I’d say the most harrowing parts of boondocking are not knowing if there will be an open spot and not knowing the current conditions of the road ahead of time. Are there massive ruts in the road or low-hanging tree branches? Will we be able to turn around if the spot is already taken? It takes a healthy amount of a certain something to overcome those fears and commit to driving your entire lives, house, and family several miles into an unfamiliar forest. Is that certain something stupidity or confidence? I’d say that depends on how it works out. 🙂
This was easily remedied when we had Trudy since we could disconnect the Ford Escape we towed (which had to happen anyway) and one of us could go scout. The key is that they were both motorized, so Hannah could go scout and radio back to me if/when I should drive Trudy in.
So far we’ve never disconnected the Fox from the Ram to scout (meaning we’d have to reconnect, drive in, then disconnect again), but I guess some people do that. Perhaps having already driven several hours with a toddler at that point influences our decision? Yeah, I’d say so.
Anyway, driving into our spot in Dixie NF was one of those times that scouting would have been nice. The NF has many loops and roads with spurs for dispersed camping – some of which are more big-rig friendly (or medium-rig friendly in our case?) that others.
We drove around the main forest road and found no spots, so we ventured deeper into the forest. At one point the road split into two narrower roads – which I assumed meant one was for coming and one was for going, so I chose the road on the right. The roads did end up reuniting but not before the one we chose became extremely narrow and rutted. We had bushes and branches up against the side of the RV and ended up having to do several multi-point turns just to continue down the road without smashing bushes.
Our spot in Dixie National Forest
We ended up getting a great spot near the end of that side loop. We saw only one other vehicle going down the road we were on during out stay – I guess that’s the benefit of going down more difficult roads!
Our spot – in the area known as Cabin Hollow – was surrounded by giant pines and provided lots of solitude. We had empty forest roads to walk down, a good amount of open area around the RV, and endless woods to explore.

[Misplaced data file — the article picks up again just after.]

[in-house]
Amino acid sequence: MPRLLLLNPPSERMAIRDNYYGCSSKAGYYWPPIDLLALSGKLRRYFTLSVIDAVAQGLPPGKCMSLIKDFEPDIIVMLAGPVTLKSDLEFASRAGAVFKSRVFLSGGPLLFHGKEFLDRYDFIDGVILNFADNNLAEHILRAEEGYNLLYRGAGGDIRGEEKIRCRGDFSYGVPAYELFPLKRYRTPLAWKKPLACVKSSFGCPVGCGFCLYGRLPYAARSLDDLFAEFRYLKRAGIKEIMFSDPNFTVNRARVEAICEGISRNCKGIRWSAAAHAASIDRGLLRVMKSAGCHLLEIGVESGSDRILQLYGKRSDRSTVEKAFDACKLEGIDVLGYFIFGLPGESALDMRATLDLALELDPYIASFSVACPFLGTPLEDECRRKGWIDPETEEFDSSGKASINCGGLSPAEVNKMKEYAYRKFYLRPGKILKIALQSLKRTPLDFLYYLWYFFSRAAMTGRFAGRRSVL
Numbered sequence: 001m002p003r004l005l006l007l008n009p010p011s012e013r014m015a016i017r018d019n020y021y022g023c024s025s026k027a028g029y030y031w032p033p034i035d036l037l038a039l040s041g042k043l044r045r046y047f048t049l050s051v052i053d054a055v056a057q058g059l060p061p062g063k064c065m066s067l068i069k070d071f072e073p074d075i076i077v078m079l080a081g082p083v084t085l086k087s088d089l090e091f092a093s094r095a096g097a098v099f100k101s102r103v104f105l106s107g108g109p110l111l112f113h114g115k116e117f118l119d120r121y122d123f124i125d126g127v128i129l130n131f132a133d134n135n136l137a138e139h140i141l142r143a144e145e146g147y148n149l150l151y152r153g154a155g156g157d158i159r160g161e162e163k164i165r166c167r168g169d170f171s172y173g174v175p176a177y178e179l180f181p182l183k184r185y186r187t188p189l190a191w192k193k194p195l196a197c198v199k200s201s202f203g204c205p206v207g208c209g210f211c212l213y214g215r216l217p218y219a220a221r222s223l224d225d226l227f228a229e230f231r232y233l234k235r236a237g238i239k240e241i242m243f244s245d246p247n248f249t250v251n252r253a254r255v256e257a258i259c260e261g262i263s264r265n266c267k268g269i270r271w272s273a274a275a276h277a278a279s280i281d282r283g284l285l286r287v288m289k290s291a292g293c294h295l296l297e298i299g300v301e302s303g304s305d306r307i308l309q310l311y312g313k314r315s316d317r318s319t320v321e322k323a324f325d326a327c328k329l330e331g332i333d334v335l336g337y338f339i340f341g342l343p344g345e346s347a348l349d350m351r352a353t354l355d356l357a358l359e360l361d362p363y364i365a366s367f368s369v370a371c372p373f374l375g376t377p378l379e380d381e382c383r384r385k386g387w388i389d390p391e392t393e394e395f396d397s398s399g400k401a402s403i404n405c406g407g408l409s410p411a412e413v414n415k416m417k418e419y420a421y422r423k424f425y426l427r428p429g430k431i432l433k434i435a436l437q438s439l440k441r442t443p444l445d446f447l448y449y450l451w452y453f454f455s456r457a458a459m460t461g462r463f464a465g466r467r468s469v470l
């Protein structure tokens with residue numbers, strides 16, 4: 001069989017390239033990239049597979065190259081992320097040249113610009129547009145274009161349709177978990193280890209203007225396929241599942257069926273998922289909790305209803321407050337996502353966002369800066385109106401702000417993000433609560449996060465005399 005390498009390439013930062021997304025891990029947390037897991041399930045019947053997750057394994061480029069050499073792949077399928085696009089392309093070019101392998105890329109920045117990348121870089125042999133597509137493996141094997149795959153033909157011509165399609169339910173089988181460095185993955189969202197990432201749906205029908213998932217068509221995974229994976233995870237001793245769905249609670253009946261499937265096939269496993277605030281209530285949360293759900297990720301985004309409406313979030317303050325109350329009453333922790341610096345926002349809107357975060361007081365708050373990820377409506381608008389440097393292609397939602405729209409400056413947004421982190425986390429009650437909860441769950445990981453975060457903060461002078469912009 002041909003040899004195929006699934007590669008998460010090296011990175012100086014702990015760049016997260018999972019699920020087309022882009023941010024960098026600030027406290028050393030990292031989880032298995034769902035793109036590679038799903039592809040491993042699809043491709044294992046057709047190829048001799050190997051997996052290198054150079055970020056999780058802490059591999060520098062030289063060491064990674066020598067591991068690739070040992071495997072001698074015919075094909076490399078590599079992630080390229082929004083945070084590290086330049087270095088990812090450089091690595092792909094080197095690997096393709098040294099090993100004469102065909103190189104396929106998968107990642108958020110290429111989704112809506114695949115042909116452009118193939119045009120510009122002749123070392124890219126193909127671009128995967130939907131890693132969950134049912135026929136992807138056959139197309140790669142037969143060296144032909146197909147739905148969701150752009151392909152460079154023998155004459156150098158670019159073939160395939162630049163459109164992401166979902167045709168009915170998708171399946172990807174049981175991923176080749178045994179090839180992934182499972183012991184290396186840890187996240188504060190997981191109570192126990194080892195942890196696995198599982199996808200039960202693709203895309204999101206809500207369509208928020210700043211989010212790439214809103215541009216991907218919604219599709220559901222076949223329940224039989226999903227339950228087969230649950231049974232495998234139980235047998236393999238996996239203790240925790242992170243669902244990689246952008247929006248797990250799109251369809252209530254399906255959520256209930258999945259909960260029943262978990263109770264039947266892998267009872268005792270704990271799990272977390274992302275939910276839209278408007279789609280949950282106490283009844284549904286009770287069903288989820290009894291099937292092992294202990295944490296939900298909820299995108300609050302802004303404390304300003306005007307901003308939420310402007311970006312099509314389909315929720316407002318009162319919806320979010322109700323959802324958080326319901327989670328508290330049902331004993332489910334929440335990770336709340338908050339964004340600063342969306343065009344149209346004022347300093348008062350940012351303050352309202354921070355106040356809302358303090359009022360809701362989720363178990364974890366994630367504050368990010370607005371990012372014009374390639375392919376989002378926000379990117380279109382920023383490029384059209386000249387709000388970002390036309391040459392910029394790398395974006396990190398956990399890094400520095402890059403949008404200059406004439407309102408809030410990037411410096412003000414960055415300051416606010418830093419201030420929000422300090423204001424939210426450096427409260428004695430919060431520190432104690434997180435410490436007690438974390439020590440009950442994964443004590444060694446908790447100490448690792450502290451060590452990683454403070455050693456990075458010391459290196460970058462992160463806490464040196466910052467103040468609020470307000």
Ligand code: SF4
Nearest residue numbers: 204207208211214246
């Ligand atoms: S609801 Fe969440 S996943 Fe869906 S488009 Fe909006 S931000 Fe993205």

There’s also a great multi-use paved trail that we rode bikes on a few times. I believe it goes all the way to the park but we didn’t make it that far.
Our site had plenty of room, which meant we were able to set up an old tent for Calla to use as a playhouse. We also set up the hammock, which is one of Calla’s favorite things!
We ventured into Bryce Canyon National Park several times. As usual, we went all together and visited the overlooks, the visitor center, and did a short hike. Hannah and I did longer, more strenuous hikes individually other days.
We hiked Queen’s Garden and Navajo Loop as a family and did Fairlyland Loop individually. Unfortunately the section known as Wall Street was closed when we were there but there’s so much to see at Bryce that I don’t think it mattered at all.
Queen’s Garden and Navajo Loop intersect and combining the two gives you the best of both trails. These trails gave us a taste of the wonder Bryce contains with stunning views of hoodoos up close and from afar. They’re both also very popular since they’re shorter, less strenuous and packed with beauty.
Our favorite part of visiting Bryce was absolutely Fairyland Loop trail. It’s longer and more strenuous – around 8 miles and over 1,500 feet in elevation change – so there are far less hikers. Getting out into the canyon with the innumerable hoodoos and other formations without many other people was extremely special. We both say that Fairland Loop is our favorite hike we’ve done anywhere on this journey.
Overall we loved Bryce Canyon. It’s one of our favorite national parks!
Date visited: May 2018